sometimes it is just a marble

Where on your personal bucket list is the Kingdom of Heaven? Can you claim with perfect candor and complete honesty that spending eternity with God in Heaven is even on your list? If not, then why not? We know that the measure of our lives is brief and fleeting, yet we are want to dismiss any thought of what awaits beyond the sunset and the dark of death, now unknowable and thus too disconcerting, too discomfiting to seriously consider.

Pearl or Marble

Pearl or Marble

When life presents with such sweet lemonade why want the bitter lemon? God in his great love and boundless goodness created man and placed him in a garden filled with an abundance of every good thing man could ever want or need. God freely gave him everything except the one thing and asked only for his love and obedience in return. Yet man demanded more, for all he saw was what had been set apart from him and wanted it all the more, not from any absolute necessity but merely out of some perceived desire for its taboo. All that he had and all that he might forever enjoy was now unremarked like too many gifts once opened in anticipation of unwrapping the sole remaining.

There is a familiar similitude between what man once had and lost and what most of us now currently enjoy, a familiar abundance of every good thing we should want or need. And yet we are unsatisfied with all we have, we want more, and we want it now. Our abundance cannot and does not satisfy our hunger and thirst for that which we cannot so readily obtain or purchase. We want what we desire, what is taboo no matter how high the price, even if what is demanded should be the loss of our immortal soul.

And yet, perhaps it is because the price remitted rests beyond our human understanding of its nature that we so readily agree to pay for what we so desire. Give a child a pearl of inestimable value and, unknowing of its incalculable preciousness, the child will treat it as just another pretty marble.

There is another facet to our insatiable desire which begs for us to pause in serious contemplation and reflection and that is this: while we place our considerable focus on that which has been set apart, for which we so ardently desire, the degree of importance and influence of the ephemeral and immaterial are severely and radically diminished. God and his Kingdom decrease in relevance as our material desires increase. The closer we come to finding heaven on earth, the further we find ourselves concerned with matters which we cannot see, taste, touch, feel, or comprehend.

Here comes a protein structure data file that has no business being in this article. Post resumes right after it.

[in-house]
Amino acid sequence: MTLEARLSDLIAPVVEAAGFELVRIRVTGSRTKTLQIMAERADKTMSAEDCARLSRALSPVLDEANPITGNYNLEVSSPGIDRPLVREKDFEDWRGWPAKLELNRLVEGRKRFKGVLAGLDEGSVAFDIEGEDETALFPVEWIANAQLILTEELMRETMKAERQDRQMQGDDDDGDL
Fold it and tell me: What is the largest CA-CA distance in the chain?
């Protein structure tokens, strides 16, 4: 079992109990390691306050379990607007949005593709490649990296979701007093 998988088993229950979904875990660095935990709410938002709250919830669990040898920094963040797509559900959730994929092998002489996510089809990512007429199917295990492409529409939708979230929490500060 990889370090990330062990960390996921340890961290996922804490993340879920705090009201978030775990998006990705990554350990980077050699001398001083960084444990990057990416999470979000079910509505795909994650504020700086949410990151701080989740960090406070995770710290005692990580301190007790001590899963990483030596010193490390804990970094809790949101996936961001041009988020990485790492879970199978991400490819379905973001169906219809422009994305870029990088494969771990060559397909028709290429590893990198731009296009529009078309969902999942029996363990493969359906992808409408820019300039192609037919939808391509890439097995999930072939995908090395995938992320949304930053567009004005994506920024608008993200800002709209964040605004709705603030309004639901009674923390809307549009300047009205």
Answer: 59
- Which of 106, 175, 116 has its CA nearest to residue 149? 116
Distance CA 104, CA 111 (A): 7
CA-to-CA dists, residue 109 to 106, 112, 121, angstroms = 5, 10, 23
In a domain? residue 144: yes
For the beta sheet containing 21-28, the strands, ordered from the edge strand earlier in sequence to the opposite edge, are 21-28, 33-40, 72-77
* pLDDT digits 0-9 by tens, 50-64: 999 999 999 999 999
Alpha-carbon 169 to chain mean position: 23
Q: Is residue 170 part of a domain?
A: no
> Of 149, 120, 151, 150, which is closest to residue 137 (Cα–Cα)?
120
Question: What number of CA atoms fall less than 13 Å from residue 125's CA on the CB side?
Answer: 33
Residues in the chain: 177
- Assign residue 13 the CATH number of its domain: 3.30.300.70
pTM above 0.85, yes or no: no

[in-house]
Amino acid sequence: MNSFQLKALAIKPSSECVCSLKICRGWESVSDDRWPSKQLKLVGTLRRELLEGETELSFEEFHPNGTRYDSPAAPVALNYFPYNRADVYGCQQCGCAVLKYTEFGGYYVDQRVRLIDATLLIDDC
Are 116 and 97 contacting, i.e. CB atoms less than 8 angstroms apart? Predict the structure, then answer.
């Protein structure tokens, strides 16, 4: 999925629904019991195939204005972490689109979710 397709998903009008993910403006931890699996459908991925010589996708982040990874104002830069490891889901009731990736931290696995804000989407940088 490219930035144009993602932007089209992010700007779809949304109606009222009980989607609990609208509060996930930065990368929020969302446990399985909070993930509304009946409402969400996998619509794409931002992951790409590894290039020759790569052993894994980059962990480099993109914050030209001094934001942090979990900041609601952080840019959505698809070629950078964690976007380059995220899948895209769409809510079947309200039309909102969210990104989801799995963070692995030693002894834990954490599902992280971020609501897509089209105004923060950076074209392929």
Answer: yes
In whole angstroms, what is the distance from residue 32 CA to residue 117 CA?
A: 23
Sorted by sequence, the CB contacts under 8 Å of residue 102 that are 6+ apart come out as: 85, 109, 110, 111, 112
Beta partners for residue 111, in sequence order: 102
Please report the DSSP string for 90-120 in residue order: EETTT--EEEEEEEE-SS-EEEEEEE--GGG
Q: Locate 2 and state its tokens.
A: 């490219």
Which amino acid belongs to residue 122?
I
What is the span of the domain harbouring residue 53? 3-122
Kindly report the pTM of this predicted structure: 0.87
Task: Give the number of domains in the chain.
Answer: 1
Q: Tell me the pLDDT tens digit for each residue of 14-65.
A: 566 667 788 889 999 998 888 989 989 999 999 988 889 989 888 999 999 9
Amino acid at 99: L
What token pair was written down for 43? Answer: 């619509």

We listen to those voices which entice us with the bounty that lies before us, insistent voices that beseech us to immerse ourselves in all that is available in the here and now for, they so stridently screech, this is all that there is. And we find ourselves incapable of or unwilling to demur or abstain. We are like children given free rein in a candy store; we quickly slam the door on those who would caution restraint. Right judgment and consideration for what may happen tomorrow are tossed aside for the exigencies of such momentary pleasures.

But rest assured, tomorrow will come and it will not be as pleasurable as today.

About the author: Deacon Chuck

Deacon Chuck was ordained into the permanent diaconate on September 17, 2011, in the ministry of service to the Diocese of Reno and assigned to St. Albert the Great Catholic Community. He currently serves as the parish bulletin editor and website administrator. Deacon Chuck continues to serve the parish of Saint Albert the Great Catholic Community of the Diocese of Reno, Nevada. He is the Director of Adult Faith Formation and Homebound Ministries for the parish, conducts frequent adult faith formation workshops, and is a regular homilist. He currently serves as the bulletin editor for the parish bulletin. He writes a weekly column intended to encompass a broad landscape of thoughts and ideas on matters of theology, faith, morals, teachings of the magisterium and the Catholic Church; they are meant to illuminate, illustrate, and catechize the readers and now number more than 230 articles. His latest endeavor is "Colloqui: A journal for restless minds", a weekly journal of about 8 pages similar in content to bulletin reflections. All his reflections, homilies, commentaries, and Colloqui are posted and can be found on his website: Comments are always welcome and appreciated. He is the author of two books: "The Voices of God: hearing God in the silence" which offers the reader insights into how to hear God’s voice through all of the noise that surrounds us; and "Echoes of Love: Effervescent Memories" which through a combination of prose and verse provides the reader with a wonderful journey on the way to discovering forever love. He regularly speaks to groups of all ages and size and would welcome the opportunity to speak to your group.

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